How to raise socially aware kids

With the presidential election now behind us, a lot of parents are wondering how to talk about the decision with their children.

Set a good example

Raising socially responsible and civically engaged children goes beyond Election Day.

“It’s about teaching your kids that they are part of a community,” Dinizulu says. “That can be their family community, their neighborhood community or their school community.”

Give children of all ages an important role—such as setting the table each night—and explain how everyone in the community has a responsibility to help make the group function a little better.

Moving outside the home, the best way to teach children how to be involved in the world around them is to demonstrate it yourself.

“Kids learn best by example. Parents can say all the right things, but kids are watching very closely to see how they act,” says Roni Cohen-Sandler, clinical psychologist.

Spend an afternoon at the local food pantry, train together for a 5K to raise money for a charity, grow your hair out together and donate it to people with cancer.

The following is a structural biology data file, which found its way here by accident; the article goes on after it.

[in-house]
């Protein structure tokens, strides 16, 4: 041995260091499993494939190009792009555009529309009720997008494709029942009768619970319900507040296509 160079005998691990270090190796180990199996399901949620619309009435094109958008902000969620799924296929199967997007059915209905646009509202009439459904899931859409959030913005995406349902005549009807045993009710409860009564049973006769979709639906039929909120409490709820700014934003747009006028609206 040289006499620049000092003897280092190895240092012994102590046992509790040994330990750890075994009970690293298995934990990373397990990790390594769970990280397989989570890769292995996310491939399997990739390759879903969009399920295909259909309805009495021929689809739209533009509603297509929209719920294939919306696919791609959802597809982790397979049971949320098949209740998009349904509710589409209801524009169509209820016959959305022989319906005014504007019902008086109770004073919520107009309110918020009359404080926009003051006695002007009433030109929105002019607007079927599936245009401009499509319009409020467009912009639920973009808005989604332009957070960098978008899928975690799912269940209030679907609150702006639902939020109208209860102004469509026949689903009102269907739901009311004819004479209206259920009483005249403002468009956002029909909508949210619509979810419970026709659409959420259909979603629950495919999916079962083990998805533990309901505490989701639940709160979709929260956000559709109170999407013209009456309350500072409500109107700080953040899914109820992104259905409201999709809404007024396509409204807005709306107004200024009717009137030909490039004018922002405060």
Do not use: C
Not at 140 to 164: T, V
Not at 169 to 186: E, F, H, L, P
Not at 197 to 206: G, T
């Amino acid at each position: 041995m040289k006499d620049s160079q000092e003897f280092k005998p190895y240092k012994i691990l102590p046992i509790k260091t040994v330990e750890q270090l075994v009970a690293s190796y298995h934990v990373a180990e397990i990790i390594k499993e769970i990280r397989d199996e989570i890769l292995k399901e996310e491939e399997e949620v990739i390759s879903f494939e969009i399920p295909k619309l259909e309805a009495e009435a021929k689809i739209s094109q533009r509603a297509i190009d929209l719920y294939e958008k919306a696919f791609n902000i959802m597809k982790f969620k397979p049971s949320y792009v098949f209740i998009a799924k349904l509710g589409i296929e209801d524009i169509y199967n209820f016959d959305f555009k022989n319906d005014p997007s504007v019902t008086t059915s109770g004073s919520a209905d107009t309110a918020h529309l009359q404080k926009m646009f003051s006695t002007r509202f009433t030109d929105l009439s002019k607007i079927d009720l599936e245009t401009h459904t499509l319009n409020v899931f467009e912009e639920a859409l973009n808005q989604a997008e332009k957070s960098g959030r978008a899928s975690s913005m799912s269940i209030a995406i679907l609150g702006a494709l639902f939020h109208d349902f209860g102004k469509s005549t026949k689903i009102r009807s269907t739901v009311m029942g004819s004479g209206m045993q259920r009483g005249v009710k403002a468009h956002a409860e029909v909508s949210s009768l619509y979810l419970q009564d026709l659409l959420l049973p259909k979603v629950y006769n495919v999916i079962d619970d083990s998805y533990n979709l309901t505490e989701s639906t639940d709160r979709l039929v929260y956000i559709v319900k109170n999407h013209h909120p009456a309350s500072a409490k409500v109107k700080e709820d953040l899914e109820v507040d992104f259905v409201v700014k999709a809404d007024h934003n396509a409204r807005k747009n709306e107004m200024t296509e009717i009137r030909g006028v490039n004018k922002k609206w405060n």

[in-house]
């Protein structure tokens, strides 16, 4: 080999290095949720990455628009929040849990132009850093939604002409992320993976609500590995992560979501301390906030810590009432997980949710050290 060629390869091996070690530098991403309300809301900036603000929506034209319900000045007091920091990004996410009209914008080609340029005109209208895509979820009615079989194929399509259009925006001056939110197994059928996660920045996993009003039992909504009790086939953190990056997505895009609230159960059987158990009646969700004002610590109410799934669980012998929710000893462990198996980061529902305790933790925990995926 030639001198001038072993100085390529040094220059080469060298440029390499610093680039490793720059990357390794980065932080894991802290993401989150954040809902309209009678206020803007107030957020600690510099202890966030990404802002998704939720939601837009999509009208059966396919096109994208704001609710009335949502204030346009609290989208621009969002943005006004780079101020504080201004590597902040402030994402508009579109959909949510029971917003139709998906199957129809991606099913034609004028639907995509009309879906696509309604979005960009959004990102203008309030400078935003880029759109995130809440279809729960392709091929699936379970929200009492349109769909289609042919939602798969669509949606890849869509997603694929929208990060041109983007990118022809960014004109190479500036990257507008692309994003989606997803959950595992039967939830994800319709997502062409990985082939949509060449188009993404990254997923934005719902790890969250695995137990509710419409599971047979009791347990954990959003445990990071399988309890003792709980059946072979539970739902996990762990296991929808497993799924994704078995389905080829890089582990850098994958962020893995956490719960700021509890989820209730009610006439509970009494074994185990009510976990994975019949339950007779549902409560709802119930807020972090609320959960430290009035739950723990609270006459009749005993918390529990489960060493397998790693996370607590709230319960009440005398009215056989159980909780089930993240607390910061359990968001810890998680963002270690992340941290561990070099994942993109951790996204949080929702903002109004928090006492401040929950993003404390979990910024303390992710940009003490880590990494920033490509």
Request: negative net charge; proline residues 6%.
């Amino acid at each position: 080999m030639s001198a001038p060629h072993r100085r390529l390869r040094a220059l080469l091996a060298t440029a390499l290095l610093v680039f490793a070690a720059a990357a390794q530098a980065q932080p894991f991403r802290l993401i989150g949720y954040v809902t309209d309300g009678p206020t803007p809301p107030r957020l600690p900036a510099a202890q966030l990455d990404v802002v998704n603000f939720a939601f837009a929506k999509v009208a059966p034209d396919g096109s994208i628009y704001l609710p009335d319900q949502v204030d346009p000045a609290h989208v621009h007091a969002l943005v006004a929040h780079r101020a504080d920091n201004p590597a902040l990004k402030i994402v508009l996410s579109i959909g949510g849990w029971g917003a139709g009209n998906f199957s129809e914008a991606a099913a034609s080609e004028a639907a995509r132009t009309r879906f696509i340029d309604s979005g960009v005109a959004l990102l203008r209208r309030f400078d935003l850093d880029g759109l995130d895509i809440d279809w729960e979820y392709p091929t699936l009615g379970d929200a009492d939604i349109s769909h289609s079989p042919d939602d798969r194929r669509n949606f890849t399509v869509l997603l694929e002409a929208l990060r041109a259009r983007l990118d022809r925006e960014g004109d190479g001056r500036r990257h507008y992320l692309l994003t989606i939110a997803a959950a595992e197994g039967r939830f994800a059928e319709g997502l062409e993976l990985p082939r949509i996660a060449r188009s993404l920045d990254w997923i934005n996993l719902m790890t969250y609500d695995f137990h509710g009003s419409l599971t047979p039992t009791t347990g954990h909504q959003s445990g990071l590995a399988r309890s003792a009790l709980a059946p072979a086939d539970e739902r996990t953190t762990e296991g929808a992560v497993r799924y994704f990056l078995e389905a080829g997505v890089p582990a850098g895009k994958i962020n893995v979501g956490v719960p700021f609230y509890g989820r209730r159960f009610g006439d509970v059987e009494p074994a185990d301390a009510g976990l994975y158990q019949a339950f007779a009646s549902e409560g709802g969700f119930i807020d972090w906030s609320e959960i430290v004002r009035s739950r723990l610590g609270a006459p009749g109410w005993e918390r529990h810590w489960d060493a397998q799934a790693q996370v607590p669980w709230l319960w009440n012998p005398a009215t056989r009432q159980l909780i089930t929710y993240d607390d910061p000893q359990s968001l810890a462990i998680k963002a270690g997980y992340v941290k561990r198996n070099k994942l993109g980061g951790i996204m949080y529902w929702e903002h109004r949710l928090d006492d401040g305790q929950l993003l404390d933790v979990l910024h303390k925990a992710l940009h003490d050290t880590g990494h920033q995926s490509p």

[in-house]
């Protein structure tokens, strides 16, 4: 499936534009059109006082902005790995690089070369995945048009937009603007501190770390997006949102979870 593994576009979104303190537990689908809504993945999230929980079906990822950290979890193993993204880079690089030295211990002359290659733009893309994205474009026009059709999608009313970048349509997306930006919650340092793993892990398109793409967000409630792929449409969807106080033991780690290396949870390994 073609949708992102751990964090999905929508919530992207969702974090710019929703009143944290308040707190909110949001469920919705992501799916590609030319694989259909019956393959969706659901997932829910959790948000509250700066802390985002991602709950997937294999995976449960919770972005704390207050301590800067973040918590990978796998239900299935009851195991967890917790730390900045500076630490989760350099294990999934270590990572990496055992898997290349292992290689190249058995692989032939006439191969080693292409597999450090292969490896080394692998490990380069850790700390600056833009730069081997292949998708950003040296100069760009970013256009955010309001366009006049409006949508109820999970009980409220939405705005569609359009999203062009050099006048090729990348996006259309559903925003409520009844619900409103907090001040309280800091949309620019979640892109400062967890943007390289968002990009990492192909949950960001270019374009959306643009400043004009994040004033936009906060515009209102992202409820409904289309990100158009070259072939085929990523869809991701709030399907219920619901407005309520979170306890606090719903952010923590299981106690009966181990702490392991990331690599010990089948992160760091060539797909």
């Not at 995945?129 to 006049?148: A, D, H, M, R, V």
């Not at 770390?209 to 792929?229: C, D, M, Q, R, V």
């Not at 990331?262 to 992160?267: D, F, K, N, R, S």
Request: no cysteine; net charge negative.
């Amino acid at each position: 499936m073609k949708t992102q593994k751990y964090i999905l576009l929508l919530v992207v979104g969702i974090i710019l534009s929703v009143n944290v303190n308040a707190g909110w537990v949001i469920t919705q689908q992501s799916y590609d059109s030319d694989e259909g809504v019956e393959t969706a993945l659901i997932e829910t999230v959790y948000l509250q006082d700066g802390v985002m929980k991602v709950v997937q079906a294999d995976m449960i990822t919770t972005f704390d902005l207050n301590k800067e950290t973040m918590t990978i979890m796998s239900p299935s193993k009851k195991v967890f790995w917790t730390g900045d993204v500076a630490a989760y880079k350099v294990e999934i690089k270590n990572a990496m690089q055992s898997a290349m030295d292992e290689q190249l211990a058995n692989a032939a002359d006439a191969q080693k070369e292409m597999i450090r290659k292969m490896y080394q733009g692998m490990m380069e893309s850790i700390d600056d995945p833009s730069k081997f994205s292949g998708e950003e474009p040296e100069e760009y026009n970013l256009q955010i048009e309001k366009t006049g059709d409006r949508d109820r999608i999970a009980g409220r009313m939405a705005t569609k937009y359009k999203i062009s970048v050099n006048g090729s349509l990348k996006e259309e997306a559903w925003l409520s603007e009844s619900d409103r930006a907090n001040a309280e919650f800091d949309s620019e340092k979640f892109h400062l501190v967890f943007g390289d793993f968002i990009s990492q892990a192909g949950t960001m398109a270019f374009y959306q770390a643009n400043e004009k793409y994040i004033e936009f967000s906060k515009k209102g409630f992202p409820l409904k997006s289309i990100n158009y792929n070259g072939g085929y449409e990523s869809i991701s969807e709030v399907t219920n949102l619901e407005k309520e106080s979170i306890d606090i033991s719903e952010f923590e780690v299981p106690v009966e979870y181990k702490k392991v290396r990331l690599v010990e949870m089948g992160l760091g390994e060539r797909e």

“Parents may write a check to a charity and that’s wonderful, but kids don’t see that, they don’t understand it,” Cohen-Sandler says. “Take them along, do it together as a family and show what it really means to give back.”

Why this matters

Voting on dinner choices or watching the news together may seem like small things, but experts say they really will make a difference in how the next generation thinks about the world.

“If you want youth to become socially responsible as adults, we need to start now,” Dinizulu says.

There is also research that shows that kids who are more civically engaged are more likely to vote as adults, and that engagement can also be a method of reducing violence in neighborhoods.

When children feel more connected to their community, they are more invested in what happens there.

“If part of our society suffers, we all suffer,” Marter says. “Teaching kids to be socially responsible encourages them to develop awareness, compassion, initiative, leadership and communication skills that will help them succeed in their relational, career and life goals. And it will help the next generation evolve as a global community.“

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